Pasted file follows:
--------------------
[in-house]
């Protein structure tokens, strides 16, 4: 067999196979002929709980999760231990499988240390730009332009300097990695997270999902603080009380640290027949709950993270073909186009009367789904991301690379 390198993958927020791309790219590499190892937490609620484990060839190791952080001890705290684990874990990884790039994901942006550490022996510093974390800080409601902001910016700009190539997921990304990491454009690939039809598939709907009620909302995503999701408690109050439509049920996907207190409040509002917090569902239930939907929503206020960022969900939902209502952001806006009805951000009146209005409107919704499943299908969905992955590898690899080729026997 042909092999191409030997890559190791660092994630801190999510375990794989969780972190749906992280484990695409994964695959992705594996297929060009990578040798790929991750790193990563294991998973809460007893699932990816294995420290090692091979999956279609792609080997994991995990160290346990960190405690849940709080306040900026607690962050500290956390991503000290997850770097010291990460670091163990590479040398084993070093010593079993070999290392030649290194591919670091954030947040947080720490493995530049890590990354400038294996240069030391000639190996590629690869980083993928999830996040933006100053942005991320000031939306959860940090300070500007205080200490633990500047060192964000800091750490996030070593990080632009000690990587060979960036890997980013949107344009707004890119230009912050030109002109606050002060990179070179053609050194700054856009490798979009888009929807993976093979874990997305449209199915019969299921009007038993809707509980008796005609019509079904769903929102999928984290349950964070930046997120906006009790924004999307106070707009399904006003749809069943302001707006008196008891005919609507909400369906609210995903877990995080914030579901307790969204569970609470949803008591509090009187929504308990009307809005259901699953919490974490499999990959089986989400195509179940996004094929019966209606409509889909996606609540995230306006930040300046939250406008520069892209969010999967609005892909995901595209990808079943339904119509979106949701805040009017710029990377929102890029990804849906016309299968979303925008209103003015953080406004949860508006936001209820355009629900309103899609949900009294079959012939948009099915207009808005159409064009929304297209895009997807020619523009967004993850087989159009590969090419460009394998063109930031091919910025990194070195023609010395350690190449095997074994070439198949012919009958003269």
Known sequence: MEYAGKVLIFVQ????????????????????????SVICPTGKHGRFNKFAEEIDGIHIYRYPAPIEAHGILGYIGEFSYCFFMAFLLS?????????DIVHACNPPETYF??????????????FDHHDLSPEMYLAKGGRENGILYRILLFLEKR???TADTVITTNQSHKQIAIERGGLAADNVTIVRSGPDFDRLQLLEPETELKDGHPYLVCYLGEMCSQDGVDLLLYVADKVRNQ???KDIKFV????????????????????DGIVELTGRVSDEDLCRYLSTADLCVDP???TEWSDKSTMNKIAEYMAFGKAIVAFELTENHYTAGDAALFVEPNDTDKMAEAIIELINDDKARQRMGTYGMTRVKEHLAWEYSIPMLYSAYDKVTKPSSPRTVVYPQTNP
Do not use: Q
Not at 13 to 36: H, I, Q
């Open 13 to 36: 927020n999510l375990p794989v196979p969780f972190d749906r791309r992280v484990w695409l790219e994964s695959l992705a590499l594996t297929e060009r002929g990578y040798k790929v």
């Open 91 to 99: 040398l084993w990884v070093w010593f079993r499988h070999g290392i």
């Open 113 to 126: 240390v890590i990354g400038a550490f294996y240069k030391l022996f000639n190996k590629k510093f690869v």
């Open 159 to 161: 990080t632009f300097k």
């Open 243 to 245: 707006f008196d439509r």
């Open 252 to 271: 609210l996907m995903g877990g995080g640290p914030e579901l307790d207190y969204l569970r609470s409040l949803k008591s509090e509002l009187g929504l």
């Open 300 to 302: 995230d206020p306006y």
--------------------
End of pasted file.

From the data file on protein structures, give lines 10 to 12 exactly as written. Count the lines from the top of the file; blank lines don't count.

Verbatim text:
């Open 243 to 245: 707006f008196d439509r």
């Open 252 to 271: 609210l996907m995903g877990g995080g640290p914030e579901l307790d207190y969204l569970r609470s409040l949803k008591s509090e509002l009187g929504l």
């Open 300 to 302: 995230d206020p306006y």